If you're going to mow your lawn at an odd hour in Oklahoma City, you might make sure all of your neighbors think it's a reasonable time first.
City officials said a man arrested last week after a neighbor complained about him mowing his lawn at 4:30 a.m. is charged with violating the city's noise ordinance.
A section of the ordinance prohibits noise that “annoys or disturbs a reasonable person of normal sensitivities.”
It will be up to the city's municipal court system to decide if such a person would be annoyed by Phil Ray Gage, 40, mowing his lawn in the early hours of Aug. 26.
His first appearance in court is scheduled for Sept. 26, a court spokesman said.
Restrictions don't apply to lawn mowers
The noise ordinance does prohibit sustained noises of 50 decibels or more from 10 p.m. to 7 a.m. and 55 decibels or more from 7 a.m. to 10 p.m., but a lawn mower wouldn't count as sustained noise under normal circumstances, city spokeswoman Kristy Yager said.
She said a generator running for hours is an example of a noise source that would count.
City code enforcement personnel, not police, enforce that part of the ordinance, Yager said.
A city worker would measure the decibel level on the part of a property line closest to the noise source.
Lawn mower noise produces about 105 decibels, according to information provided by the American Speech-
The part of the ordinance police allege Gage violated is subject to what a municipal court judge would define as reasonable, police Capt. Patrick Stewart said.
Police or members of the public can sign a complaint alleging that part of the ordinance was violated.
Man reportedly argumentative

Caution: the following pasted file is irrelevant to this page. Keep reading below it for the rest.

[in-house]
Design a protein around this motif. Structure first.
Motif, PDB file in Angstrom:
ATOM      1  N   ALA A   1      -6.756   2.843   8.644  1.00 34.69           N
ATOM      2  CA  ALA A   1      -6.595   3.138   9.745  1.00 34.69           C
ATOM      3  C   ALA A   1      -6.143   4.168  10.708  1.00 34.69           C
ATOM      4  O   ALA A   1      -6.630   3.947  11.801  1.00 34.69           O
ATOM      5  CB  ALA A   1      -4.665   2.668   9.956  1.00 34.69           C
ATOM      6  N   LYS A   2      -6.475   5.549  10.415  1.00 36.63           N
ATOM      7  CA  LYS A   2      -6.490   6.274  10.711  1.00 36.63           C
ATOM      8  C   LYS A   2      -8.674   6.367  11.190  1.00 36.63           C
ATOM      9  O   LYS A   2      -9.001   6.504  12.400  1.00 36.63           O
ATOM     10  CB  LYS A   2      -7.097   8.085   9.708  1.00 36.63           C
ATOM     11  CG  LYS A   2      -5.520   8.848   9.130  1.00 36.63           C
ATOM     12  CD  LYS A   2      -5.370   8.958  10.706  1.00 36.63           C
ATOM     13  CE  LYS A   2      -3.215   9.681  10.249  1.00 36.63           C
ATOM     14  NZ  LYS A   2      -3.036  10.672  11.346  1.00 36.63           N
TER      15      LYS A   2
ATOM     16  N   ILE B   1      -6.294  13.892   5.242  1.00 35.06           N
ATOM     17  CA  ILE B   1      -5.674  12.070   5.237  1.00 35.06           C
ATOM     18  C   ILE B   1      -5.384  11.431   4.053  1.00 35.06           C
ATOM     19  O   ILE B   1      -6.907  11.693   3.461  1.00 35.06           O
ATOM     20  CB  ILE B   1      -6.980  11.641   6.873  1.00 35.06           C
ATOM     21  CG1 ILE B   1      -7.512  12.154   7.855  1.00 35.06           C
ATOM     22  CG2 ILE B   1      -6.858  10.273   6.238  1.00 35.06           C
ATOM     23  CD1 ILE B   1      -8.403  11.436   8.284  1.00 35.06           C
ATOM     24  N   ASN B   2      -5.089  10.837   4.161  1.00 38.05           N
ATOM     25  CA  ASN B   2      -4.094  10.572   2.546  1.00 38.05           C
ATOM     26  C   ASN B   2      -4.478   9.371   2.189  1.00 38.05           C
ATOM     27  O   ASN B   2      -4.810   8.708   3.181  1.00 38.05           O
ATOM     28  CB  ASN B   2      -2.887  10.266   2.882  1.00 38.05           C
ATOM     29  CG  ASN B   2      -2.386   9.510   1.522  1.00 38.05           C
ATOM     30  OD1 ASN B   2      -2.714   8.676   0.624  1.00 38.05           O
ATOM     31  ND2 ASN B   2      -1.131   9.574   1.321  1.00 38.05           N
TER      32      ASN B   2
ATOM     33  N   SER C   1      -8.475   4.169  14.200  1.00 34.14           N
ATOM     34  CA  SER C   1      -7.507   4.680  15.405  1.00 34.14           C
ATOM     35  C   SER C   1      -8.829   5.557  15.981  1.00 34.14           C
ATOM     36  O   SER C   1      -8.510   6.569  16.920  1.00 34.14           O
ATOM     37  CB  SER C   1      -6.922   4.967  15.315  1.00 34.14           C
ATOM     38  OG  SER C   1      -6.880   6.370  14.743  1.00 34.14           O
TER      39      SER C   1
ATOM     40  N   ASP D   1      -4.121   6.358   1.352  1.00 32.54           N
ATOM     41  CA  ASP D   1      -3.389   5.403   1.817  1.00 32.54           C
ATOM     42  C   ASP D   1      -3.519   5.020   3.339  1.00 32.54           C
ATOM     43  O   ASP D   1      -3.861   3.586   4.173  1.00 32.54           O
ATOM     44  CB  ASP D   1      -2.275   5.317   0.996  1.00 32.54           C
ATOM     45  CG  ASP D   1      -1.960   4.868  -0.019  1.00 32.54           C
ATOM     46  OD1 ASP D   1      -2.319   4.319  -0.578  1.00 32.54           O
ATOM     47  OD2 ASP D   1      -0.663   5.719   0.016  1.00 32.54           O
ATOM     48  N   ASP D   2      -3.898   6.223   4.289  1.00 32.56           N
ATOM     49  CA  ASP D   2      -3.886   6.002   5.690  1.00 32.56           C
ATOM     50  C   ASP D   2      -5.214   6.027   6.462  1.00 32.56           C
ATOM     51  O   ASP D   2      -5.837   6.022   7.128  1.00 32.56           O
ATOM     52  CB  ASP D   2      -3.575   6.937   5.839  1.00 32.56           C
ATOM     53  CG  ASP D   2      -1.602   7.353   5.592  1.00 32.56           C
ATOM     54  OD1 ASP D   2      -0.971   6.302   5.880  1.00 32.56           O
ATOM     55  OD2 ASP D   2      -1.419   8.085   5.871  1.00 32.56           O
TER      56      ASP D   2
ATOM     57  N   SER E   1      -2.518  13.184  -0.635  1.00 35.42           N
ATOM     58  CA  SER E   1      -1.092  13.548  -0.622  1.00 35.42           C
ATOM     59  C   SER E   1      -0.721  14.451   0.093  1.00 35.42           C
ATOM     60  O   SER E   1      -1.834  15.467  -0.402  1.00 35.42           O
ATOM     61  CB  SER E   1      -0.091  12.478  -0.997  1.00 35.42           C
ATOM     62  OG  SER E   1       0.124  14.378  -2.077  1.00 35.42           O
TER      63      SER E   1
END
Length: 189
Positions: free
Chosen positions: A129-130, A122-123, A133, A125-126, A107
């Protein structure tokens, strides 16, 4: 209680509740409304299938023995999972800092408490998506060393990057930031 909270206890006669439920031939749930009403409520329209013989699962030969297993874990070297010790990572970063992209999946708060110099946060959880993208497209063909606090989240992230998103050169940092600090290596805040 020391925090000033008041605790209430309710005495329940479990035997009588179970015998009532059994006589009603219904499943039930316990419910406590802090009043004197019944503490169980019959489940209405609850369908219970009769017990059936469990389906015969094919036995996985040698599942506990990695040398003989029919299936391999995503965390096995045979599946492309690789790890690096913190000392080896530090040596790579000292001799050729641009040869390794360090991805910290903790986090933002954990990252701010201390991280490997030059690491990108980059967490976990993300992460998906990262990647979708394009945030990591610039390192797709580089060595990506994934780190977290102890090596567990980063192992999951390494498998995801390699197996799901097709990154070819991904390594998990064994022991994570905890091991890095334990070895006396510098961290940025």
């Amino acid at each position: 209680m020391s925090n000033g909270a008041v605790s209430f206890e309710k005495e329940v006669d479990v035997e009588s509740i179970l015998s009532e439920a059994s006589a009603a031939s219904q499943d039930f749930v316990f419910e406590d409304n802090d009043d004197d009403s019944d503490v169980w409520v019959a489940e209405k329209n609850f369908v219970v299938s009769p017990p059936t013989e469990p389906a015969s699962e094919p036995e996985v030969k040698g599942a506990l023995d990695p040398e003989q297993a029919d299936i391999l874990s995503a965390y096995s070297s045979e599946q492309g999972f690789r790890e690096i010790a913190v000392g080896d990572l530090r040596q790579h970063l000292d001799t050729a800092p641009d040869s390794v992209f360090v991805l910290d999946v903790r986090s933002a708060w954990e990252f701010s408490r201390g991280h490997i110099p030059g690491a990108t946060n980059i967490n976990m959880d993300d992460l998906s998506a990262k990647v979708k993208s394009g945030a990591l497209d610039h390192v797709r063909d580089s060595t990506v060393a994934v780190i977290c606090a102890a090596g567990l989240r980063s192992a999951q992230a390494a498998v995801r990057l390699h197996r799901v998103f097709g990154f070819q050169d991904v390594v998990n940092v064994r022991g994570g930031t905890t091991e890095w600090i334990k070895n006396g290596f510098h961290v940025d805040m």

Gage, who is black, was argumentative with officer Kylie Turner, who is white, called her a racist and used a slur for black people during the incident last week, Turner wrote in a police report.
Turner reported Gage “continued to yell and cuss” throughout her contact with him, spurred by his neighbor's call to police.
Turner handcuffed Gage and put him in the back of her car, then cited him and released him at the scene after conferring with her supervisor, Stewart said.
Gage admitted telling Turner he thought she was “acting racist” and said he thinks he may have been treated differently if he were white, but otherwise downplayed the role of race or his alleged unruly behavior.
“I don't see why I had to be handcuffed and thrown in the back of the car,” Gage said Thursday.
Gage's house has a lawn in slightly better shape than many of the other drought-ravaged lawns on his middle-
He said he knows all but one of his neighbors well, has mowed at odd hours for years and didn't know anyone would be upset.
He faces a maximum fine of $500, plus fees and court costs, if he's convicted.